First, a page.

The digging spot was located beside a fire pit in a niche 27 meters from the entrance from the cave.  Nearby were decorated deer teeth and artic fox incisors as well as ivory beads.

More Finds in the Neighborhood

A few kilometers from Stadel Cave is Hohle Fels cave, which is famous for the Venus of Hohle Fels figurine found there and dated to 35,000 years ago.  There, in 2001, a smaller version of the Lion-Headed Human was found.  Like its taller cousin, this one-inch tall, partial figure exhibits both human and animal characteristics, with a clearly carved leonine ear and truncated arm/leg, just like the Lion-Headed figure.  Also, it has a clear slash mark down its left arm.  It cannot be determined whether the figure is meant to be male or female because it doesn’t have any genital area.  This figure is thought to be 33,000 years old.

After considering the curious similarities between the different Venus figurines (See earlier post on Venus Figurines) found in fire pits, broken into pieces, it’s very interesting to find the same circumstances for this figure.  The cut marks found on the figure, as well as its “Little Brother,” are also reminiscent of the marks on the Venus figurines.

The Shaman’s Journey

Many experts say the Lion-HumSan theriotropean combination suggests a shamanistic trance in which a person may enter another world, often through the portal offered by a cave.  In this sense, the shaman may take on the characteristics of an animal as part of the transformation.  In the San rock art picture from South Africa (left), the figure on the left is the shaman who has become part human, part large animal, taking on the power of the animal (n’om) in order to fight off illness or imbalance in the tribe.

This shamanic alteration is common in many parts of the world, where holy men and women wear headdresses or whole skins of animals as part of their ritual.  If that is the case with the Lion Human, it indicates a very early sense of this dual world and the ability of some humans to access it.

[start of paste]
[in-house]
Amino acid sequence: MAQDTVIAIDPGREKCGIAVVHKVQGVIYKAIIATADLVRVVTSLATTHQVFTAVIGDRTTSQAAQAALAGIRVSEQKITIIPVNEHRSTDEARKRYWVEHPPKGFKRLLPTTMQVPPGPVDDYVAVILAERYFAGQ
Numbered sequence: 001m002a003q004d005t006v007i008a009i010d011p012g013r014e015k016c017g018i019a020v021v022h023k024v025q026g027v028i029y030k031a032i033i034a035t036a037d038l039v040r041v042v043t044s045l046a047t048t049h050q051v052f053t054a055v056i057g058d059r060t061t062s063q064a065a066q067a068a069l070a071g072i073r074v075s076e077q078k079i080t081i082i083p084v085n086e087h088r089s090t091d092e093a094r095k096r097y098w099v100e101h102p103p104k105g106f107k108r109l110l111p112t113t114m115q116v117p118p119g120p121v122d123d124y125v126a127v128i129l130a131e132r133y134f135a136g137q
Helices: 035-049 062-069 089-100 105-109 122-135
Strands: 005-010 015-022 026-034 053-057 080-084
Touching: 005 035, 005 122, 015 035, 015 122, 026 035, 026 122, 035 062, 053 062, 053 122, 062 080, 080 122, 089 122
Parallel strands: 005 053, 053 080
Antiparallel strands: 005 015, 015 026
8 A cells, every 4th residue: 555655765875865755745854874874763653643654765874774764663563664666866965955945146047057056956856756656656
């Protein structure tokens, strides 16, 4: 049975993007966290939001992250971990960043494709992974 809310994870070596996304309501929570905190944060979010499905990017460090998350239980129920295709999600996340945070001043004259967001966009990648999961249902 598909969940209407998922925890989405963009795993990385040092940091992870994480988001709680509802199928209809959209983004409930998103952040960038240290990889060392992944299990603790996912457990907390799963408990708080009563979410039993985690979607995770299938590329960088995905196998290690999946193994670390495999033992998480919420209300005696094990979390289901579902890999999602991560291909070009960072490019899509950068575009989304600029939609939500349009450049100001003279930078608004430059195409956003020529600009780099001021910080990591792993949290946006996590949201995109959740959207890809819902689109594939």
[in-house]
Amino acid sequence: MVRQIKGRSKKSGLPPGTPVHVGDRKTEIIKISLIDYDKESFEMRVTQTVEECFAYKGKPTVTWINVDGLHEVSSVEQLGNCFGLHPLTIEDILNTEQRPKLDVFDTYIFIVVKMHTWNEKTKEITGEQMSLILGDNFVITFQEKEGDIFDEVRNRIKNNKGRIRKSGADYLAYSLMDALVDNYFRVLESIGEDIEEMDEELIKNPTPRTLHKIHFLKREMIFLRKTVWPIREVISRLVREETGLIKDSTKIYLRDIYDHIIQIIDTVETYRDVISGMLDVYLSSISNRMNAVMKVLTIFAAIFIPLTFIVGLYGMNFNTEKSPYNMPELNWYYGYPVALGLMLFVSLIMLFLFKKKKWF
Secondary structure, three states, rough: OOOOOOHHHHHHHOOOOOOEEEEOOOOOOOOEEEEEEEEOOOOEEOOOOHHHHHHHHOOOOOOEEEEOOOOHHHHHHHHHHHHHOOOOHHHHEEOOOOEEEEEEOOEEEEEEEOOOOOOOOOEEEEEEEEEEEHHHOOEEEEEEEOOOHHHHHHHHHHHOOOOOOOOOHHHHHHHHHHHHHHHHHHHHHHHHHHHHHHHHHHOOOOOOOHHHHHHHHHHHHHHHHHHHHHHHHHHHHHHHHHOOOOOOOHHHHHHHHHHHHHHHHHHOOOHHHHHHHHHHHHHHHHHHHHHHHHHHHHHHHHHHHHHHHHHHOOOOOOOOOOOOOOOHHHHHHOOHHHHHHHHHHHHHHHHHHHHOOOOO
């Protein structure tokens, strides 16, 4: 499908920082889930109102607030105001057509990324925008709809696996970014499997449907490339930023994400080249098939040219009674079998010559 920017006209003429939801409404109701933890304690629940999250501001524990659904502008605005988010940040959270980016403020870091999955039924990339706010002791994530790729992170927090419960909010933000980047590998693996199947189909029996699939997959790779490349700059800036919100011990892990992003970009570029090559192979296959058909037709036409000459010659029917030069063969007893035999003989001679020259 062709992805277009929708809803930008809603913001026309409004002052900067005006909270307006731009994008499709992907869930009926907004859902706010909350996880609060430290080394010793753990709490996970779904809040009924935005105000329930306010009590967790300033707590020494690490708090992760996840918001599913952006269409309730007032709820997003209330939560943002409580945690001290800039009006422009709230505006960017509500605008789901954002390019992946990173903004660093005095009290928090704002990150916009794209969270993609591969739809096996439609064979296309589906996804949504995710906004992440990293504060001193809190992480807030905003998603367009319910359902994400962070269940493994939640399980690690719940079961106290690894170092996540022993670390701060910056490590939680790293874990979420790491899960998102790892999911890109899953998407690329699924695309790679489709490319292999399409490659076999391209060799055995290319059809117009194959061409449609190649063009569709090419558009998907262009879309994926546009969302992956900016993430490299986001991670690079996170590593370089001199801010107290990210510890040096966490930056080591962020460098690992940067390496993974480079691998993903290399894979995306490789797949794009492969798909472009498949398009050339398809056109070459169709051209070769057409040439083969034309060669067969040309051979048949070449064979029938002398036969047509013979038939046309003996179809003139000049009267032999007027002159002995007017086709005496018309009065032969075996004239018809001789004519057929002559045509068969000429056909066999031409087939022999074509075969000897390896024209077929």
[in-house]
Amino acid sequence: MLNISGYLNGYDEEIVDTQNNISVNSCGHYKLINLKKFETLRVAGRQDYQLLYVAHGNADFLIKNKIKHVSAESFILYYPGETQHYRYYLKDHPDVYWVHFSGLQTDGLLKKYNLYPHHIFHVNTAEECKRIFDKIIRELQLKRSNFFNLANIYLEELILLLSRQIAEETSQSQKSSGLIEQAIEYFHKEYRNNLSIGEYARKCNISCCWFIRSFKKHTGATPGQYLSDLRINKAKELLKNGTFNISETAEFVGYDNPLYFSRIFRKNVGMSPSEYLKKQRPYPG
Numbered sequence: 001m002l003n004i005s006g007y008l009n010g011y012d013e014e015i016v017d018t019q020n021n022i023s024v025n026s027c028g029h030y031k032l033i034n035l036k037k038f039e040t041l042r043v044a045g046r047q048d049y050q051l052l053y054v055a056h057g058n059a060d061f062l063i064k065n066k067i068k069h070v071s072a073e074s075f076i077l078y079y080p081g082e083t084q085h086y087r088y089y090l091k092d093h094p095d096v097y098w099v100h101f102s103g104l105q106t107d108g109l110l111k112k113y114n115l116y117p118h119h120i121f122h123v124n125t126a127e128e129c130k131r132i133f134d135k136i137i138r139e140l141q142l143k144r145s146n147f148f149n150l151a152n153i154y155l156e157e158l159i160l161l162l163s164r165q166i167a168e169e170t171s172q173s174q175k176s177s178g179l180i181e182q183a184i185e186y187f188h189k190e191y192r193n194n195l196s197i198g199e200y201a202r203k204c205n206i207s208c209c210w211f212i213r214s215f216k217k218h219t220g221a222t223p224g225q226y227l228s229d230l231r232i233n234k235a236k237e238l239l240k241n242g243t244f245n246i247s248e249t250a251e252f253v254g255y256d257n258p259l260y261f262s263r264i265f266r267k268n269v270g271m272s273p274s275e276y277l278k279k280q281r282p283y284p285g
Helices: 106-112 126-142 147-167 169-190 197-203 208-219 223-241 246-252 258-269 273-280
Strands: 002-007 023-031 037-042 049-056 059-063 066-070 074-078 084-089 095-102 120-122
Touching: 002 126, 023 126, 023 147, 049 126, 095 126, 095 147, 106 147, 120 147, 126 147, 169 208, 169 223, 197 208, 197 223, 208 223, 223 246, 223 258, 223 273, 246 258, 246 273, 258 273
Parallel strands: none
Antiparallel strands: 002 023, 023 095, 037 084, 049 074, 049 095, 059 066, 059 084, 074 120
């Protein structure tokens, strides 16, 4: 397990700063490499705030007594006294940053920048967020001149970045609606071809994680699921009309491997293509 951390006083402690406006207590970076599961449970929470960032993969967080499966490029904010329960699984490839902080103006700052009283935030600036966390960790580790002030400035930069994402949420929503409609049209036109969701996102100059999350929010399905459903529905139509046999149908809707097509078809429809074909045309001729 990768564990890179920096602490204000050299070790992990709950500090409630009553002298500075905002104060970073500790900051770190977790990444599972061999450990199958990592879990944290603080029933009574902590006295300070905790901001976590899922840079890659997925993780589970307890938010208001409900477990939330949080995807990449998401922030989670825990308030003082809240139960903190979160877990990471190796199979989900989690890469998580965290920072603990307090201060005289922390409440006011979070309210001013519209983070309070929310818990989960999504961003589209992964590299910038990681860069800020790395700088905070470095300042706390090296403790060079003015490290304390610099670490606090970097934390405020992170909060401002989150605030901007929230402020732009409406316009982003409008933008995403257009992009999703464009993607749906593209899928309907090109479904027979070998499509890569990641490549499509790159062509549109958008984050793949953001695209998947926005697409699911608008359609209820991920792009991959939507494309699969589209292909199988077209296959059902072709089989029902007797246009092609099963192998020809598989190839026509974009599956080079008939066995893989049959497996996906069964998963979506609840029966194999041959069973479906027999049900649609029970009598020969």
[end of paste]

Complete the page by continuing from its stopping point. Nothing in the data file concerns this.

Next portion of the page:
The apparently hermaphroditic condition of the figure would be consistent with the shamanic theory.  Some cave paintings from the same era include both male and female characteristics, such as the famous “Sorcerer” figure in Chauvet Cave, which combines the head of a bull with a female pubic triangle.  According to Dr. Jean Clottes, it is the combination of opposites which creates power.

In any case, the combination of lion and human, for which this figure seems to be the first representative, plays a very important part in our history, from the lion-headed goddesses like Tanit, Astarte, and Sekmet, to the lion-headed incarnation of Vishnu, to the lion (singa) city (pora) of Singapore, and King Richard the Lion-Hearted.

Guennol Lioness, Mesopotamia

As post script, the Guennol Lioness, a 5000-year-old limestone statue found in Iraq, features a well-muscled lioness with a human body and hands (pictured, left).  It was sold through Sotheby’s Auction House to a private collector for $57 million in 2007.  The notes on the 3 ½” figure indicated that many ancient Near East deities were represented by anthropomorphic figures, which evoked the Mesopotamians’ belief that they could attain power over the physical world by combining the superior physical attributes of various species.  Interesting, eh?

Sources and Interesting Reading:

“Archaeology: Lionheaded Figurine”

“Caves of Germany” Hohlenstein,

Davidson, Laura Leigh. “First Flute Found: Scientists discover the world’s oldest musical instrument,”

“Guennol Lioness” Wikipedia,

“Lion – Cultural Depictions”  Wikipedia,

Lion-headed figurine” – updated, TYWKIWDBI, March 8, 2013,

The Lion Lady – Die Lowenfrau, Don’s Maps,

“Lion man of the Hohlenstein Stadel,” Wikipedia, January 25, 2013,

Partian, Gary. “The Lion Man of Hohlenstein Stadel: Mystery from the Stone Age” October 21, 2009

“The Paleolithic Age” The Prehistory of Homo Sapiens, Part IV, The Essay Web,

Schulz, Mattias. “Puzzle in the Rubble,” Der Spiegel, 2011,

“Swabian Jura,” Wikipedia,

Ulmer Museum Archaeological Collection, The Lion Man Exhibition

Marsha Walton, “Cave Art from 30,000 Years Ago?” December 18, 2003